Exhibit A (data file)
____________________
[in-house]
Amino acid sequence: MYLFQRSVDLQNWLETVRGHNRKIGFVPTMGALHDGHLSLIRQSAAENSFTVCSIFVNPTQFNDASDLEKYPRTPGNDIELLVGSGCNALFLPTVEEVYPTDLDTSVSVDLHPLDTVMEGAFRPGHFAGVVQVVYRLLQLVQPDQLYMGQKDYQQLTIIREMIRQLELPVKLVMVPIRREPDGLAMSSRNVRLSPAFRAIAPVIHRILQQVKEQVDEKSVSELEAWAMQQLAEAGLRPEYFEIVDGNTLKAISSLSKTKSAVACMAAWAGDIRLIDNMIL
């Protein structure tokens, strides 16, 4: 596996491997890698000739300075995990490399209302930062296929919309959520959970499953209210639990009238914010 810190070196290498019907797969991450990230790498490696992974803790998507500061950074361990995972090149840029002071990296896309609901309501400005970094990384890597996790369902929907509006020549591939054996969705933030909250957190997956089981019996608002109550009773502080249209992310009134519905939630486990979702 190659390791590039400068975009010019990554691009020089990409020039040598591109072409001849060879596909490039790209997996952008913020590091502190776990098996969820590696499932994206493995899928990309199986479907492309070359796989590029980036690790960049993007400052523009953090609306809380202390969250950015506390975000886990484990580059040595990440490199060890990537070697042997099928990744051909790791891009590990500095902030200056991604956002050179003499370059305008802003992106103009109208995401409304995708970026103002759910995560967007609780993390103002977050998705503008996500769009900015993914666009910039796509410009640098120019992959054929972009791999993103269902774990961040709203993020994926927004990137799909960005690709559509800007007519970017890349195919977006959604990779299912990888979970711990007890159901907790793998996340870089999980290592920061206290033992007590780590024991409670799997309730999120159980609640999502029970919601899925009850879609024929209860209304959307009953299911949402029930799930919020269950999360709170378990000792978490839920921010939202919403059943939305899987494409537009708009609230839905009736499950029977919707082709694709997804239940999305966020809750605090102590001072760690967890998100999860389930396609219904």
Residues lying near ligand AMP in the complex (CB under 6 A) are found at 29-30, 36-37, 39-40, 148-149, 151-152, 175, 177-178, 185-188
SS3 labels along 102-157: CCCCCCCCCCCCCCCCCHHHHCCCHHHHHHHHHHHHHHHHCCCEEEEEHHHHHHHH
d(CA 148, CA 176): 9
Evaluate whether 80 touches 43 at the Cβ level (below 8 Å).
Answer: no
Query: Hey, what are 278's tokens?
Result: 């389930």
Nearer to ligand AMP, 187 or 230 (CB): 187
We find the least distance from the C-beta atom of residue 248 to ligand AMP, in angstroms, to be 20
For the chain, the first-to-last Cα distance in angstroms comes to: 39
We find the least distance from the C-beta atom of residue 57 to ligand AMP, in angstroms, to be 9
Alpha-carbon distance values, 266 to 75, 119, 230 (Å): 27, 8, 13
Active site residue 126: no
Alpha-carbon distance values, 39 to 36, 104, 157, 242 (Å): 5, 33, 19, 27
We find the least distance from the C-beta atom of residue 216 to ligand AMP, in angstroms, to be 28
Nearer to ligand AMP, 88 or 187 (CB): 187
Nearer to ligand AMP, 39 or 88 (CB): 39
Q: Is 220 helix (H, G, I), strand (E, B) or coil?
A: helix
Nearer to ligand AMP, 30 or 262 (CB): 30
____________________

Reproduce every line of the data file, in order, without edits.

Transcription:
[in-house]
Amino acid sequence: MYLFQRSVDLQNWLETVRGHNRKIGFVPTMGALHDGHLSLIRQSAAENSFTVCSIFVNPTQFNDASDLEKYPRTPGNDIELLVGSGCNALFLPTVEEVYPTDLDTSVSVDLHPLDTVMEGAFRPGHFAGVVQVVYRLLQLVQPDQLYMGQKDYQQLTIIREMIRQLELPVKLVMVPIRREPDGLAMSSRNVRLSPAFRAIAPVIHRILQQVKEQVDEKSVSELEAWAMQQLAEAGLRPEYFEIVDGNTLKAISSLSKTKSAVACMAAWAGDIRLIDNMIL
């Protein structure tokens, strides 16, 4: 596996491997890698000739300075995990490399209302930062296929919309959520959970499953209210639990009238914010 810190070196290498019907797969991450990230790498490696992974803790998507500061950074361990995972090149840029002071990296896309609901309501400005970094990384890597996790369902929907509006020549591939054996969705933030909250957190997956089981019996608002109550009773502080249209992310009134519905939630486990979702 190659390791590039400068975009010019990554691009020089990409020039040598591109072409001849060879596909490039790209997996952008913020590091502190776990098996969820590696499932994206493995899928990309199986479907492309070359796989590029980036690790960049993007400052523009953090609306809380202390969250950015506390975000886990484990580059040595990440490199060890990537070697042997099928990744051909790791891009590990500095902030200056991604956002050179003499370059305008802003992106103009109208995401409304995708970026103002759910995560967007609780993390103002977050998705503008996500769009900015993914666009910039796509410009640098120019992959054929972009791999993103269902774990961040709203993020994926927004990137799909960005690709559509800007007519970017890349195919977006959604990779299912990888979970711990007890159901907790793998996340870089999980290592920061206290033992007590780590024991409670799997309730999120159980609640999502029970919601899925009850879609024929209860209304959307009953299911949402029930799930919020269950999360709170378990000792978490839920921010939202919403059943939305899987494409537009708009609230839905009736499950029977919707082709694709997804239940999305966020809750605090102590001072760690967890998100999860389930396609219904």
Residues lying near ligand AMP in the complex (CB under 6 A) are found at 29-30, 36-37, 39-40, 148-149, 151-152, 175, 177-178, 185-188
SS3 labels along 102-157: CCCCCCCCCCCCCCCCCHHHHCCCHHHHHHHHHHHHHHHHCCCEEEEEHHHHHHHH
d(CA 148, CA 176): 9
Evaluate whether 80 touches 43 at the Cβ level (below 8 Å).
Answer: no
Query: Hey, what are 278's tokens?
Result: 């389930």
Nearer to ligand AMP, 187 or 230 (CB): 187
We find the least distance from the C-beta atom of residue 248 to ligand AMP, in angstroms, to be 20
For the chain, the first-to-last Cα distance in angstroms comes to: 39
We find the least distance from the C-beta atom of residue 57 to ligand AMP, in angstroms, to be 9
Alpha-carbon distance values, 266 to 75, 119, 230 (Å): 27, 8, 13
Active site residue 126: no
Alpha-carbon distance values, 39 to 36, 104, 157, 242 (Å): 5, 33, 19, 27
We find the least distance from the C-beta atom of residue 216 to ligand AMP, in angstroms, to be 28
Nearer to ligand AMP, 88 or 187 (CB): 187
Nearer to ligand AMP, 39 or 88 (CB): 39
Q: Is 220 helix (H, G, I), strand (E, B) or coil?
A: helix
Nearer to ligand AMP, 30 or 262 (CB): 30